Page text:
That’s the uptake from a new study that found, at least in low-income families with preschool children, the positive effect of eating dinner as a family tends to be negated by watching television at the same time.
“When you have the television on, people are essentially eating alone,” said Arlene Spark, associate professor of nutrition at Hunter College in New York City, according to HealthNet News.
The findings essentially corroborate previous research that has found, among other things, that preschoolers who spend more time glued to the television have worse diets and that families dining together tend to have better eating habits.
Eating More, Eating Better?
Apparently when that TV is on, we’re just not paying attention to what we eat – and how much we are eating. But when we eat with family, we tend to eat better.
For this study, more than 1,300 parents or guardians of children participating in New York’s Special Supplemental Nutrition Program for Women, Infants and Children were surveyed on how many days a week the family ate dinner together, the number of days each week the TV was turned on during dinner, and how often fruits and vegetables were served.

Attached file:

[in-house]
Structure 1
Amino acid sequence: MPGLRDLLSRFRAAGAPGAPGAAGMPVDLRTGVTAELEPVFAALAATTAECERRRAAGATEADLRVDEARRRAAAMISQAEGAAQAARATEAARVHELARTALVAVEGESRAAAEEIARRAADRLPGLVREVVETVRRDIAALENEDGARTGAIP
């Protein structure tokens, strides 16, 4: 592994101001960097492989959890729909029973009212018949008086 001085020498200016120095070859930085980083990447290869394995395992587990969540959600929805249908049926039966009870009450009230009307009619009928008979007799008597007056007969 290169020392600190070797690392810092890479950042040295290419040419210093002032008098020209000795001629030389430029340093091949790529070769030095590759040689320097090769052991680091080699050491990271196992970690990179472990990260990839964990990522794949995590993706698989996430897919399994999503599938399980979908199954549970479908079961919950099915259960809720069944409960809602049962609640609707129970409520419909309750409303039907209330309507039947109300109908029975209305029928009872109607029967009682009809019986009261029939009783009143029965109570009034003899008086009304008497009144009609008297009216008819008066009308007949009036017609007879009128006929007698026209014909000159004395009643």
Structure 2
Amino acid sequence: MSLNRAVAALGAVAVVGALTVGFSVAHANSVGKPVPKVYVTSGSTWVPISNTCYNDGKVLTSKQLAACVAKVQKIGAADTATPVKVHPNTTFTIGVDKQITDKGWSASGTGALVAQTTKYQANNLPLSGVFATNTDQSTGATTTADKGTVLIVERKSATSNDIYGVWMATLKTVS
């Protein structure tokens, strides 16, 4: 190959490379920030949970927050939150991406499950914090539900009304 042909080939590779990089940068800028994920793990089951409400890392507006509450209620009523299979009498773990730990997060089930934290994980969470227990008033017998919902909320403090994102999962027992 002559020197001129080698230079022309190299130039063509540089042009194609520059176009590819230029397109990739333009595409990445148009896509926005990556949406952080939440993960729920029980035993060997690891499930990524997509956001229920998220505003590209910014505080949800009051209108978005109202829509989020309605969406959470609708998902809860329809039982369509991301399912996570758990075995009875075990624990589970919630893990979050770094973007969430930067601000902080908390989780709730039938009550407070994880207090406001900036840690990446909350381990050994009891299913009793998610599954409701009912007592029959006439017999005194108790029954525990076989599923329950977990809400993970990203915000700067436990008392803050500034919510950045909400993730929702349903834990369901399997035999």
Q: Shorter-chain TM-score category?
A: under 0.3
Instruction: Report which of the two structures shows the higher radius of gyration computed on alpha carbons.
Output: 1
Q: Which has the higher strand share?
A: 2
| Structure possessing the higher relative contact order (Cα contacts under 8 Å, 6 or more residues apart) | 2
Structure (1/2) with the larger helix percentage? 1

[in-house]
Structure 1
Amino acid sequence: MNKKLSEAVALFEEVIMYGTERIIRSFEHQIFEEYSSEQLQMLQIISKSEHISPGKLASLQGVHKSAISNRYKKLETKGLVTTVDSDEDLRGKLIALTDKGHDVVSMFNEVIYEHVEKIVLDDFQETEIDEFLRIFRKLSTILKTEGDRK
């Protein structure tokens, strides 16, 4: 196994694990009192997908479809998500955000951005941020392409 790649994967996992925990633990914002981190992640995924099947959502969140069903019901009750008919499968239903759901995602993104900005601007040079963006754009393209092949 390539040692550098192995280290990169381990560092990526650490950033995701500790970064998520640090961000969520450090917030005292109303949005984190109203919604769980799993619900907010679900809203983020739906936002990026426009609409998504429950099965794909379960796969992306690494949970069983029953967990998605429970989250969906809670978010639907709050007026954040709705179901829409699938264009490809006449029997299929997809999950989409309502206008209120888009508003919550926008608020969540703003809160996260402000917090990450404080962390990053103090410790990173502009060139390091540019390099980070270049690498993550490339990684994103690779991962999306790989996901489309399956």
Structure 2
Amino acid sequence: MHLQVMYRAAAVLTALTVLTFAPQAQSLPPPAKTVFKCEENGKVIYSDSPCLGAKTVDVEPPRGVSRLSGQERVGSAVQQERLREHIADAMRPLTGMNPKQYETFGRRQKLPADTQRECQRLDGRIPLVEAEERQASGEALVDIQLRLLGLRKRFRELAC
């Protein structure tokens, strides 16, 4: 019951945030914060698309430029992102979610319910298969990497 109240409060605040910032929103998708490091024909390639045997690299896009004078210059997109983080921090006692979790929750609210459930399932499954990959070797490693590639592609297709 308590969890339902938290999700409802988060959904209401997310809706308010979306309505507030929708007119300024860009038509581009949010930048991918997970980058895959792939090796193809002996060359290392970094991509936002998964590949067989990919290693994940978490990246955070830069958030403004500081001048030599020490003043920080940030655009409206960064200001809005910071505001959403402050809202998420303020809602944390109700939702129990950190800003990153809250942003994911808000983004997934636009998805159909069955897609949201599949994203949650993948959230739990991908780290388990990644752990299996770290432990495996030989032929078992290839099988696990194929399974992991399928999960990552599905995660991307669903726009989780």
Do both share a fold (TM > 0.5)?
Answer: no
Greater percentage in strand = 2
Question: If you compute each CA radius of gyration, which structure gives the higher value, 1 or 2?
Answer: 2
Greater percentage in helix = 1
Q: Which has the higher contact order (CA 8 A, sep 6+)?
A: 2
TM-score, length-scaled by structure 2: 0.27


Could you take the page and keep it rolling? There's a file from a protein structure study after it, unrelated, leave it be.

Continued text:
More fruits and vegetables were served on the nights families ate dinner as a unit – however, those servings decreased each night the TV was turned on during the meal.
The study also found that:
- Hispanic and black parents reported having the television on during dinner more often than white parents.
- Hispanic and white families tended to eat together more often than black families.
- The television was turned on more often in families in which the parent had less than a high school education.
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